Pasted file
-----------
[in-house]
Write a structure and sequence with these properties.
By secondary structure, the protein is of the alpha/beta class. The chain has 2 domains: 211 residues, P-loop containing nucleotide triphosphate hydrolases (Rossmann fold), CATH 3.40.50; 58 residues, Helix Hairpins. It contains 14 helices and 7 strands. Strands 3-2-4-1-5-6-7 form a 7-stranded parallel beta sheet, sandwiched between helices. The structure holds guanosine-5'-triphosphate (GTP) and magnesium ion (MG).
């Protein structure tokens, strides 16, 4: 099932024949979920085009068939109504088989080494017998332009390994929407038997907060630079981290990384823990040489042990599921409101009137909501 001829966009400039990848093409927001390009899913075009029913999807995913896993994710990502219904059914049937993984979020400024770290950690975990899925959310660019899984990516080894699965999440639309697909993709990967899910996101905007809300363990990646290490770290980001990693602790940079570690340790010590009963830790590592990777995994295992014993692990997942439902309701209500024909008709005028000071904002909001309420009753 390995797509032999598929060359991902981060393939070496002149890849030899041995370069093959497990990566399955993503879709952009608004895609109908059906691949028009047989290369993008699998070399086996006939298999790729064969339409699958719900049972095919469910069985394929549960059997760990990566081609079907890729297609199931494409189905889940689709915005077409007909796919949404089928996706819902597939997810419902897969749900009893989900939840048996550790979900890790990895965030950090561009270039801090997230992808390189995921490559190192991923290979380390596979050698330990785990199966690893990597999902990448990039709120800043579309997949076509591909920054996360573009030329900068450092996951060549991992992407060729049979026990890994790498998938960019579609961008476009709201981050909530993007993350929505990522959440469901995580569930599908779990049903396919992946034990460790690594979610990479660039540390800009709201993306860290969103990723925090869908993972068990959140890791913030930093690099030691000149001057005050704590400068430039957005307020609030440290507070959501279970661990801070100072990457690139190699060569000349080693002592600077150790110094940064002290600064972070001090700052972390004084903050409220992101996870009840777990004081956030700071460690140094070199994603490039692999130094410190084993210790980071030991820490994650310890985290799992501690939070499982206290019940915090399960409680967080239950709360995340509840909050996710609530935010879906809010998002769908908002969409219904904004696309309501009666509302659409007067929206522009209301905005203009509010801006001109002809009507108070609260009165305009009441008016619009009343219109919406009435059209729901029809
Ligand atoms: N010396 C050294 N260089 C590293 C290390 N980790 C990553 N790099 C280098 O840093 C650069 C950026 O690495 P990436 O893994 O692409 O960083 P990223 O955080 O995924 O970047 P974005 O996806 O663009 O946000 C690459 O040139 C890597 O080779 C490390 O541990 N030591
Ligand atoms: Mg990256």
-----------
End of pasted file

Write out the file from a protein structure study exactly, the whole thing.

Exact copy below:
[in-house]
Write a structure and sequence with these properties.
By secondary structure, the protein is of the alpha/beta class. The chain has 2 domains: 211 residues, P-loop containing nucleotide triphosphate hydrolases (Rossmann fold), CATH 3.40.50; 58 residues, Helix Hairpins. It contains 14 helices and 7 strands. Strands 3-2-4-1-5-6-7 form a 7-stranded parallel beta sheet, sandwiched between helices. The structure holds guanosine-5'-triphosphate (GTP) and magnesium ion (MG).
């Protein structure tokens, strides 16, 4: 099932024949979920085009068939109504088989080494017998332009390994929407038997907060630079981290990384823990040489042990599921409101009137909501 001829966009400039990848093409927001390009899913075009029913999807995913896993994710990502219904059914049937993984979020400024770290950690975990899925959310660019899984990516080894699965999440639309697909993709990967899910996101905007809300363990990646290490770290980001990693602790940079570690340790010590009963830790590592990777995994295992014993692990997942439902309701209500024909008709005028000071904002909001309420009753 390995797509032999598929060359991902981060393939070496002149890849030899041995370069093959497990990566399955993503879709952009608004895609109908059906691949028009047989290369993008699998070399086996006939298999790729064969339409699958719900049972095919469910069985394929549960059997760990990566081609079907890729297609199931494409189905889940689709915005077409007909796919949404089928996706819902597939997810419902897969749900009893989900939840048996550790979900890790990895965030950090561009270039801090997230992808390189995921490559190192991923290979380390596979050698330990785990199966690893990597999902990448990039709120800043579309997949076509591909920054996360573009030329900068450092996951060549991992992407060729049979026990890994790498998938960019579609961008476009709201981050909530993007993350929505990522959440469901995580569930599908779990049903396919992946034990460790690594979610990479660039540390800009709201993306860290969103990723925090869908993972068990959140890791913030930093690099030691000149001057005050704590400068430039957005307020609030440290507070959501279970661990801070100072990457690139190699060569000349080693002592600077150790110094940064002290600064972070001090700052972390004084903050409220992101996870009840777990004081956030700071460690140094070199994603490039692999130094410190084993210790980071030991820490994650310890985290799992501690939070499982206290019940915090399960409680967080239950709360995340509840909050996710609530935010879906809010998002769908908002969409219904904004696309309501009666509302659409007067929206522009209301905005203009509010801006001109002809009507108070609260009165305009009441008016619009009343219109919406009435059209729901029809
Ligand atoms: N010396 C050294 N260089 C590293 C290390 N980790 C990553 N790099 C280098 O840093 C650069 C950026 O690495 P990436 O893994 O692409 O960083 P990223 O955080 O995924 O970047 P974005 O996806 O663009 O946000 C690459 O040139 C890597 O080779 C490390 O541990 N030591
Ligand atoms: Mg990256």